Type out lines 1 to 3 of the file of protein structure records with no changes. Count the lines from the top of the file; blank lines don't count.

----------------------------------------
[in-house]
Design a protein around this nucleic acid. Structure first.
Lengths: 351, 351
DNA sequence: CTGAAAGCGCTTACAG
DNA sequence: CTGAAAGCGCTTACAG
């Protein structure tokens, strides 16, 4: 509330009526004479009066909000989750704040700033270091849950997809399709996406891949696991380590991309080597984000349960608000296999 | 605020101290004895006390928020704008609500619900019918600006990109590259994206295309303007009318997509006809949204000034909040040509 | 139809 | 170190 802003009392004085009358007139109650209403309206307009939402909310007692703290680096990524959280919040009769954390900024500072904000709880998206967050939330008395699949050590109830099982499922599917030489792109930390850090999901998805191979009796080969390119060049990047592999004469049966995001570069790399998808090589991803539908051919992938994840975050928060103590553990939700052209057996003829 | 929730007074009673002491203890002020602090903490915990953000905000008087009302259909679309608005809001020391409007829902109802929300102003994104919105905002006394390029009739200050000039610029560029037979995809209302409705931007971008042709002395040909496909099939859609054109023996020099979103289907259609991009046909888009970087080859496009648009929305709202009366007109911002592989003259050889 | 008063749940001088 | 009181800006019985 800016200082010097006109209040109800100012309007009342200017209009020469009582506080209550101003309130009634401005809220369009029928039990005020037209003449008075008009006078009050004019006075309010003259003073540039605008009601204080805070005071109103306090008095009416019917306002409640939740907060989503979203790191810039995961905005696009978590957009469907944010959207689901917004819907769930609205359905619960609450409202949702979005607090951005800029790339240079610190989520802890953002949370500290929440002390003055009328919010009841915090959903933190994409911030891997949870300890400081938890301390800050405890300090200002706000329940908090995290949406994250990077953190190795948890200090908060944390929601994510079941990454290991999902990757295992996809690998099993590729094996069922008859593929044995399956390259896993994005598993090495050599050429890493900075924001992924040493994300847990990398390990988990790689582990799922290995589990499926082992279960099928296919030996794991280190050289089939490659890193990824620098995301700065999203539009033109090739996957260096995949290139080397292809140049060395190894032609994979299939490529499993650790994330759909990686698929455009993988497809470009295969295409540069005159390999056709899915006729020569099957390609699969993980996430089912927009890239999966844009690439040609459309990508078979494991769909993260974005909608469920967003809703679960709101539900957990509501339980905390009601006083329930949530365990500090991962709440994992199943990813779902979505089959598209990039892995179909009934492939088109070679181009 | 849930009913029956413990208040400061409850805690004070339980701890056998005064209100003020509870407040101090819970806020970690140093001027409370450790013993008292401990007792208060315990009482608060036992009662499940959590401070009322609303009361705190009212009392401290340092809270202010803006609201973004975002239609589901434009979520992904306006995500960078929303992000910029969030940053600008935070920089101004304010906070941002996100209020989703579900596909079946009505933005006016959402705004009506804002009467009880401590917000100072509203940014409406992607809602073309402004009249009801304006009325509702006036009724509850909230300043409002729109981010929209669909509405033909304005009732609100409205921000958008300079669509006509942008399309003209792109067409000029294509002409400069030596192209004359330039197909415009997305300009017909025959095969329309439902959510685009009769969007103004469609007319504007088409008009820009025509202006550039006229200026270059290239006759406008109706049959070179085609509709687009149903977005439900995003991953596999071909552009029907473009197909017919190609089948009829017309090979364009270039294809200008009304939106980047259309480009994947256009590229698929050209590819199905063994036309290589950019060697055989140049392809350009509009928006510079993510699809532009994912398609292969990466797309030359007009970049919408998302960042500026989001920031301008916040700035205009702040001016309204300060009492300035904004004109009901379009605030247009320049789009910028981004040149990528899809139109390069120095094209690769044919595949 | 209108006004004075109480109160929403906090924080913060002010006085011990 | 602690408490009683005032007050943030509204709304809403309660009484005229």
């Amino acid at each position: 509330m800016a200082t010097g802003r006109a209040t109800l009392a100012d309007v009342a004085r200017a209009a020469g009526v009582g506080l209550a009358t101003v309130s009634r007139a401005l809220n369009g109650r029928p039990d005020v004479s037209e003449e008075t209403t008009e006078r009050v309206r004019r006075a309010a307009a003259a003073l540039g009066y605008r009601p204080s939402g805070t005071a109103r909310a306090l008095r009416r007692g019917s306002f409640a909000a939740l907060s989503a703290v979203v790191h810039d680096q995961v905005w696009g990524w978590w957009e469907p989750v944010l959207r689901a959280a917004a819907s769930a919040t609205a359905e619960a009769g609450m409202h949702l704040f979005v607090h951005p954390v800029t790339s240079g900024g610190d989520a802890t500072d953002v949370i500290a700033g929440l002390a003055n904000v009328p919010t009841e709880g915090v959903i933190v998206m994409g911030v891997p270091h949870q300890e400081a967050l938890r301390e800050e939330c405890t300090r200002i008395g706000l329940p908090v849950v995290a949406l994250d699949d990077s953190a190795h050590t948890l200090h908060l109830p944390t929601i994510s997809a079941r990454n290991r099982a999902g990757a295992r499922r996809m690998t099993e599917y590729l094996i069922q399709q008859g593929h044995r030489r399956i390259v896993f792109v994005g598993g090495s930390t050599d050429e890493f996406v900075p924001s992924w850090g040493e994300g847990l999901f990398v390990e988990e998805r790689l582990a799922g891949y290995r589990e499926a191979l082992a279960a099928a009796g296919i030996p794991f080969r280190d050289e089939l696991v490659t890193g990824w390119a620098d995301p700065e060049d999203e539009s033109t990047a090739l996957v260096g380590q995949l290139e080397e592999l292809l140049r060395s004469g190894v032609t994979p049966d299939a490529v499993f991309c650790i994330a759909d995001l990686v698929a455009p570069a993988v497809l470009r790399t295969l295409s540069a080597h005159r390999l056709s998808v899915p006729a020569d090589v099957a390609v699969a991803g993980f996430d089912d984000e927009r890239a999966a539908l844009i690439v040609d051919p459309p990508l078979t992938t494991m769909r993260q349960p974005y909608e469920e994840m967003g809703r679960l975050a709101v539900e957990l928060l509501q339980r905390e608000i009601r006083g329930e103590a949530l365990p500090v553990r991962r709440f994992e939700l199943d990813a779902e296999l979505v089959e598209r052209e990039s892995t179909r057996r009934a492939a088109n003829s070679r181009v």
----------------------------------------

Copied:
[in-house]
Design a protein around this nucleic acid. Structure first.
Lengths: 351, 351